Chennai’s Apollo Hospital where Tamil Nadu chief minister J Jayalalithaa is admitted for a month now, may have turned into a fortress but patients say there is not much hassle.
“There seems to be more visible security, given that your chief minister is admitted here, but then from where I come from, we all are used to much more, -- even military presence. Security is important and I have no complaints. Nor can I complain against the attitude or efficiency of the medical staff here,” said 56-year-old Ashwini Kumar Anand, an executive engineer with Jammu and Kashmir government from Srinagar, walking out of the hospital.
Helped by his wife and son Abhinav, who is the state general secretary of National Panthers Party, Anand told Hindustan Times he encountered no problems on account of heightened police presence or increase in VIP population in the hospital premises.
He came to Chennai on October 21 for treatment for liver transplant. “This is in the hands of God. But I am very satisfied with the treatment I have got here,” he said when asked how he found the place, which is crawling with security men.
Were they blocked or were their movement restricted? “We did not need to move around much as the work was cut out, and it was clear which doctor would attend. If the VIP was there, we did not get a sense of it,” he said, adding, “I pray for her early recovery.”
But security issues did impact patients in other ways. All vehicles were stopped at the main gate and only a few such as doctors’ and senior employees’ vehicles were allowed inside. Most of the patients had to walk the last 50 odd steps to the main building.
Only ambulances and battery-powered vehicles deployed by the Apollo to ferry those could not walk at all, were allowed inside the premises, drop patients and come out.
Fifty-year-old Mia Quasim Ali from Bararangrash village of Cooch Bihar district of West Bengal was wheeled out by a hospital attendant in his uniform. His wife, son and daughter, accompanied him when he went in for dressing of his infected right leg. A farmer, he is being treated for a poisonous wound for the past 10 days.
The trio show up around 2 pm, show their papers to the security at the gate before they are waved in. A waiting attendant then takes over. Two hours later, Ali and his family are out.
“Koi pareshaani nahin” (no problem) was the response to a question if going inside the hospital was difficult for Ali. “I have to come for another four days,” he said. His son, Lotif Hassan, also a farmer like his father, said, “Eventually, he has to go for plastic surgery to get his right foot completely all right.”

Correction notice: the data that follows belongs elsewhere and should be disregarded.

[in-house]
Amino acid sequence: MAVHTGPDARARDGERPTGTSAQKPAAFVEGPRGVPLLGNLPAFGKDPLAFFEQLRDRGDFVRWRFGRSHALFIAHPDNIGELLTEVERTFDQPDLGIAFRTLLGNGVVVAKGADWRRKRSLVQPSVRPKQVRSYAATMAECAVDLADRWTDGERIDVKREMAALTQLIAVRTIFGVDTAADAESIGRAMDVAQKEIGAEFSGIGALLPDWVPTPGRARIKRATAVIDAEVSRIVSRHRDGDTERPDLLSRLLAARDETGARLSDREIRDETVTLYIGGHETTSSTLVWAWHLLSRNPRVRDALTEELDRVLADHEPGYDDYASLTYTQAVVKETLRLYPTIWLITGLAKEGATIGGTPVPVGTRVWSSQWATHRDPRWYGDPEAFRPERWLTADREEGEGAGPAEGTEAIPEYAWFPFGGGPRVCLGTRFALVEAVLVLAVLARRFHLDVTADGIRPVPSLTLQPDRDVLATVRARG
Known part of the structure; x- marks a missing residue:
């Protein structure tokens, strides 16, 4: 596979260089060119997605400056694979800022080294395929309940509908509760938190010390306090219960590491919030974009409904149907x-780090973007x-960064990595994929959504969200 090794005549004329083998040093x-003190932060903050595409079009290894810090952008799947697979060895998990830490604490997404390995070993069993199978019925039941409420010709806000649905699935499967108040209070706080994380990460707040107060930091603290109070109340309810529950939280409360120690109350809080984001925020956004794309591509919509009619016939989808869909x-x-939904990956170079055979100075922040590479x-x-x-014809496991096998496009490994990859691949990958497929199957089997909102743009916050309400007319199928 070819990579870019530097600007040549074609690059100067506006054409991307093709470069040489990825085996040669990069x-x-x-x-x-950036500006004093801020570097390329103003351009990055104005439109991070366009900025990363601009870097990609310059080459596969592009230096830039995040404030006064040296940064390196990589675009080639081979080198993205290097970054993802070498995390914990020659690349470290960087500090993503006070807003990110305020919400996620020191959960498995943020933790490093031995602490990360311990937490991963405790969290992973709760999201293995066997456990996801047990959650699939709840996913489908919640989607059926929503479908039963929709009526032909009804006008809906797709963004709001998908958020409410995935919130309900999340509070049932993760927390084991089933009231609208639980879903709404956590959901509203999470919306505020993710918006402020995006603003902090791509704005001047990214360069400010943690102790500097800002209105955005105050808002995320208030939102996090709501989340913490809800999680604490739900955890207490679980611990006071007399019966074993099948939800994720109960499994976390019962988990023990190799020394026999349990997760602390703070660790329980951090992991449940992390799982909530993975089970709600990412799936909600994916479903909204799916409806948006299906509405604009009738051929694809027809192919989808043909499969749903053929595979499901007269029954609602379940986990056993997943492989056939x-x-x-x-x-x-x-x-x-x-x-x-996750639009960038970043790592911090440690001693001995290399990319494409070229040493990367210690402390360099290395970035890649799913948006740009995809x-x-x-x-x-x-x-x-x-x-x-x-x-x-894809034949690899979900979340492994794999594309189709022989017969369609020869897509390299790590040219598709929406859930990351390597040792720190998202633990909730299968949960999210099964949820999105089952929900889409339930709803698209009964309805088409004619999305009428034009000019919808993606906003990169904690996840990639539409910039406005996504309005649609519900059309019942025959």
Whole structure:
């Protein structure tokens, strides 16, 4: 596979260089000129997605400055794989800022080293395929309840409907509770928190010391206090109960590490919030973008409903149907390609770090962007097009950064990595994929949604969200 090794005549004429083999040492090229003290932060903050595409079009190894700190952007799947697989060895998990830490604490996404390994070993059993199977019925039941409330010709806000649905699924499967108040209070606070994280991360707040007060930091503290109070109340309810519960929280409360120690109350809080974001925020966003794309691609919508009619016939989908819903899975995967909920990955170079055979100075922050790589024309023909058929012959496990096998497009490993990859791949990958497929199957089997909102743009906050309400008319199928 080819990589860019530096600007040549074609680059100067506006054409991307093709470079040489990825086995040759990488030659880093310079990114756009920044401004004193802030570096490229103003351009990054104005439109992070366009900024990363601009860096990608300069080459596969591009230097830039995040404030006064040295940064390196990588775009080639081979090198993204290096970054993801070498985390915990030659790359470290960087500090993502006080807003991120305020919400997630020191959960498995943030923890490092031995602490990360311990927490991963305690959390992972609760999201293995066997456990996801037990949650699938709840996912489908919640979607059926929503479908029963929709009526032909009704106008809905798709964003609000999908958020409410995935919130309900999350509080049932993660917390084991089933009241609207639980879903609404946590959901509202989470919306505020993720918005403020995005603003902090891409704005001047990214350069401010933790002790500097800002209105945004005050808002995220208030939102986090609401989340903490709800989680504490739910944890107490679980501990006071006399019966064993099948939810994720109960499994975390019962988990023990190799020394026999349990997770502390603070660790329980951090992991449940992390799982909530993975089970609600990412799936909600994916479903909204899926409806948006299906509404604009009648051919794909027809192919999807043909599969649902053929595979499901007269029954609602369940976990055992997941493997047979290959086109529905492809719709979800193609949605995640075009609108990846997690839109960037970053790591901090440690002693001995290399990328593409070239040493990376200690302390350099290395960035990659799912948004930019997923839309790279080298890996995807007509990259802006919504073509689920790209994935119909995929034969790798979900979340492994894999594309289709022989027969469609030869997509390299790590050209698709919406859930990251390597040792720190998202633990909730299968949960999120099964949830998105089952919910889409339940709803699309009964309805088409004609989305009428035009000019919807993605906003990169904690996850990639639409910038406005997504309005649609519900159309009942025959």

The family then stepped into an “AMMA” auto-rickshaw, no not an autorickshaw service launched under Brand Amma. In fact it is an auto driver, G Sukumar, who, after seeing the plight of patients who had to walk up half a km to reach the main road to board a bus or an auto, began ferrying such patients free of cost.
“I take wheel-chair bound patients, those needing urgent and emergency services, wherever they need to go, absolutely free of cost. Last evening, I dropped a patient to Madras Central (Chennai central railway station, for which auto rickhaw drivers can charge anything up to Rs 250),” he told Hindustan Times.
“I am an Amma Bhakt and do it purely as a social service. I do not take money from anyone and have been spending out of pocket,” said Sukumar. He usually earns anything between Rs 1000 to Rs 1500 per day, after deducting petrol and running expenses.
His parents do not mind his splurging on social service. “Already, I have spent Rs 42,000 so far. And my limit is Rs one Lakh. Before that only, I hope Amma gets discharged and gets home. Or else, I will have to take a loan,” he said.
“I started this free auto rickshaw service after about six or seven days of Amma coming here. Then, the road was blocked and patients and their relatives had to walk till the hospital gate. But now things are very relaxed, the vehicles are allowed up to the main gate, where they get dropped. In case of serious patients, the attendants bring either wheel chairs or stretchers,” he said.
Another auto rickshaw driver standing nearby, however said, “Apollo Hospital had deployed three battery buses to ferry patients from the main road to the portico inside. But they reduced it to two and now only one operates. And today, even that one is missing.”
So the really needy patients have only Sukumar to thank for the last “half-mile connectivity”.
But the high security has whittled down business with Apollo Hospital corporate sources indicating as much. Many people are avoiding the hospital.
In fact, Apollo Hospital had to issue a statement that it was functioning normally and that patients need not go elsewhere.